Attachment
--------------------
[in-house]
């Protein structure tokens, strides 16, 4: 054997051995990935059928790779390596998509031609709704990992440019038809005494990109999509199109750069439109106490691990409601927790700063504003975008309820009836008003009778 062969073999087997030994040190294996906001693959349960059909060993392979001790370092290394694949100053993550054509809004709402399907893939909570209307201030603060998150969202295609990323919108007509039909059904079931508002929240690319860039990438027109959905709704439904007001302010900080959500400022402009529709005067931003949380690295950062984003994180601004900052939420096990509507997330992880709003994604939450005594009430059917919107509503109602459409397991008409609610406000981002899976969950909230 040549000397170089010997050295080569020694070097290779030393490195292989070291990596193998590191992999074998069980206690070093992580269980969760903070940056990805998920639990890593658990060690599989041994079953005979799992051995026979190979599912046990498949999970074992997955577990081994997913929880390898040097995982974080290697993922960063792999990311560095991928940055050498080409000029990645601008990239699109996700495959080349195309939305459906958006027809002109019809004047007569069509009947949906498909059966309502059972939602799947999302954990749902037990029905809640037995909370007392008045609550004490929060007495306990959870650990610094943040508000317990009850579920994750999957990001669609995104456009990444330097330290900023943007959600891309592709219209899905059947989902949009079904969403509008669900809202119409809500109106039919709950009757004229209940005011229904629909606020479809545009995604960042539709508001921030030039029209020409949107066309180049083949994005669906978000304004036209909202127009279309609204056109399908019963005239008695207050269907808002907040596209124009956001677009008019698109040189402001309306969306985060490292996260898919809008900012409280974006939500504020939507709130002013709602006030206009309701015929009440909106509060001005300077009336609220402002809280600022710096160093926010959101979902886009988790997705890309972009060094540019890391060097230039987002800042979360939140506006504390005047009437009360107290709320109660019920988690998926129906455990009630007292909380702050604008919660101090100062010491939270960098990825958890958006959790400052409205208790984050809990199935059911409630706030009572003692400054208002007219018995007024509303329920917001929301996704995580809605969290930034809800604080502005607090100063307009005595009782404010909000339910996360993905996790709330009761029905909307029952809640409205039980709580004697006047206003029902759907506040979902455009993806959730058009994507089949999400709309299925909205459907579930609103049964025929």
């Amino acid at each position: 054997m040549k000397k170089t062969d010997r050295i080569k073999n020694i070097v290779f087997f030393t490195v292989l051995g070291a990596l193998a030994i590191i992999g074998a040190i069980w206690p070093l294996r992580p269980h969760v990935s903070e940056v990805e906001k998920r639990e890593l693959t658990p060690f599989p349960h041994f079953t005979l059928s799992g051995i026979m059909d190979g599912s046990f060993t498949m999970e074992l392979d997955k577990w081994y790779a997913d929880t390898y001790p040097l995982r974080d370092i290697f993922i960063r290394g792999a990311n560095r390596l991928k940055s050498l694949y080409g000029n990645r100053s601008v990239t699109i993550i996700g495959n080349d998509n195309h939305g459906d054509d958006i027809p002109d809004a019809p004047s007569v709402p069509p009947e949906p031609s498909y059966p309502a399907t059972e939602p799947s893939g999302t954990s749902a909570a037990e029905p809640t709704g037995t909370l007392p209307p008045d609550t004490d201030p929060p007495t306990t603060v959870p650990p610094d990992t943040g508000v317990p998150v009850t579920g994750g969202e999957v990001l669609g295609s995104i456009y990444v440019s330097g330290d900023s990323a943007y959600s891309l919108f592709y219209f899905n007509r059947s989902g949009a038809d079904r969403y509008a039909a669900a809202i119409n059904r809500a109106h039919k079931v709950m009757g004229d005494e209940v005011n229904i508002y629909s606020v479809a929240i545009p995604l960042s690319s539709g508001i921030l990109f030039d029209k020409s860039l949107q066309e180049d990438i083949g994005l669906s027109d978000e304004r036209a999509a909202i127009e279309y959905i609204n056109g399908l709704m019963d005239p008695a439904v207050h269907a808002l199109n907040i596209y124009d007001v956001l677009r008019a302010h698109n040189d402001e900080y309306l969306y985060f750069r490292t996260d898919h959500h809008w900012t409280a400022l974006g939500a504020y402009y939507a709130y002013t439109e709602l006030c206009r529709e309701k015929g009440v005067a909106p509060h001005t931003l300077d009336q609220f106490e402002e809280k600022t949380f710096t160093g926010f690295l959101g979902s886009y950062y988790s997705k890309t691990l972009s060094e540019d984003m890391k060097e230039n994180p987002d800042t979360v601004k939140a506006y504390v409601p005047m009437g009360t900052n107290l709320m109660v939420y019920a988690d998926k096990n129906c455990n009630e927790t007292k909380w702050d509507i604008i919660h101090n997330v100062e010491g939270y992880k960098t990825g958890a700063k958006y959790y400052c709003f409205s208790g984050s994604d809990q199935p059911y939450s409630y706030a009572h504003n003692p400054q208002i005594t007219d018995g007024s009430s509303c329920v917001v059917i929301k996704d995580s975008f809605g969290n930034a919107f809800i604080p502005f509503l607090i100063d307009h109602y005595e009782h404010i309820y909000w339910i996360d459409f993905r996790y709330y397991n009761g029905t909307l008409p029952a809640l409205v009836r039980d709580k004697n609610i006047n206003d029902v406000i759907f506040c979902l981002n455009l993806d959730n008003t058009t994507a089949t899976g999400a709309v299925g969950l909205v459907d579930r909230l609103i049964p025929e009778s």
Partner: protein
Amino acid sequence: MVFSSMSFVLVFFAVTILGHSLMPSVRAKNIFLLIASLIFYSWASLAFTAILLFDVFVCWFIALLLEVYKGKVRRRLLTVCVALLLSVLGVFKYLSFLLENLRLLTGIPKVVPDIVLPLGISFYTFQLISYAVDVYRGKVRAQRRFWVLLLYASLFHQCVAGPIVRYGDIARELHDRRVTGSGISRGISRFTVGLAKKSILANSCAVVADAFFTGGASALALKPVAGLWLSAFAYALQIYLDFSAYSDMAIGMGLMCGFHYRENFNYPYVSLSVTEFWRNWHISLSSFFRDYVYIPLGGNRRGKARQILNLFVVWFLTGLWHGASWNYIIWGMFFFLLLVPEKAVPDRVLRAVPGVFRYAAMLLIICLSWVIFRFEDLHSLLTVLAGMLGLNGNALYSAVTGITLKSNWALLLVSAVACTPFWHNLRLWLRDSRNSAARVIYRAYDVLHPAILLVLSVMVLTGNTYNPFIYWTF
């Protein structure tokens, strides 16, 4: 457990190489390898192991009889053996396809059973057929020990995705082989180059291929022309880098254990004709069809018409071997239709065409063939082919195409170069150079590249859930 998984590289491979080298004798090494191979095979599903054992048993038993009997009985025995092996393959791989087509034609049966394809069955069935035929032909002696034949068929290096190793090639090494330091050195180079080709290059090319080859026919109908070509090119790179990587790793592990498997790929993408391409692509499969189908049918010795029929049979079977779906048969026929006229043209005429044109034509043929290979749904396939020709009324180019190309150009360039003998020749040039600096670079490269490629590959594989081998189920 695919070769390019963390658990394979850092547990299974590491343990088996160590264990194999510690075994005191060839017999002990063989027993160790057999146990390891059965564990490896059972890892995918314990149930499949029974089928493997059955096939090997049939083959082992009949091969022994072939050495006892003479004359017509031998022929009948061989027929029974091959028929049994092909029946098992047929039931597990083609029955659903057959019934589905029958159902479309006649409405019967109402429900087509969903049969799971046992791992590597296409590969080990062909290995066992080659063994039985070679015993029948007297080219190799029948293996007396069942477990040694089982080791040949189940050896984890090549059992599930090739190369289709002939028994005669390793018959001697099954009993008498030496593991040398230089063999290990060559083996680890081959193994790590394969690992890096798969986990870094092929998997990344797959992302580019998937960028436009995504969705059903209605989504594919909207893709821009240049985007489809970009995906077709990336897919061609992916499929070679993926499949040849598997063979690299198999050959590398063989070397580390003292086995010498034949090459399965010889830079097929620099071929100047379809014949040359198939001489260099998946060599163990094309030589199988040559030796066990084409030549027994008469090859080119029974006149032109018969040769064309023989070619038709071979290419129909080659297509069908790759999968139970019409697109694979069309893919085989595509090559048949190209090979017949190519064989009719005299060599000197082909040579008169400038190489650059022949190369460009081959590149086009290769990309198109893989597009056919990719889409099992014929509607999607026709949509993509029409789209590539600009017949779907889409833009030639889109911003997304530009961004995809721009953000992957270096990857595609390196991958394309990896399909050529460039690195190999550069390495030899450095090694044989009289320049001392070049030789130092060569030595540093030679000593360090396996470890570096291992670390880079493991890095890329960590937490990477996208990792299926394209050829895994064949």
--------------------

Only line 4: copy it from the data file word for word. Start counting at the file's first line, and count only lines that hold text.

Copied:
Partner: protein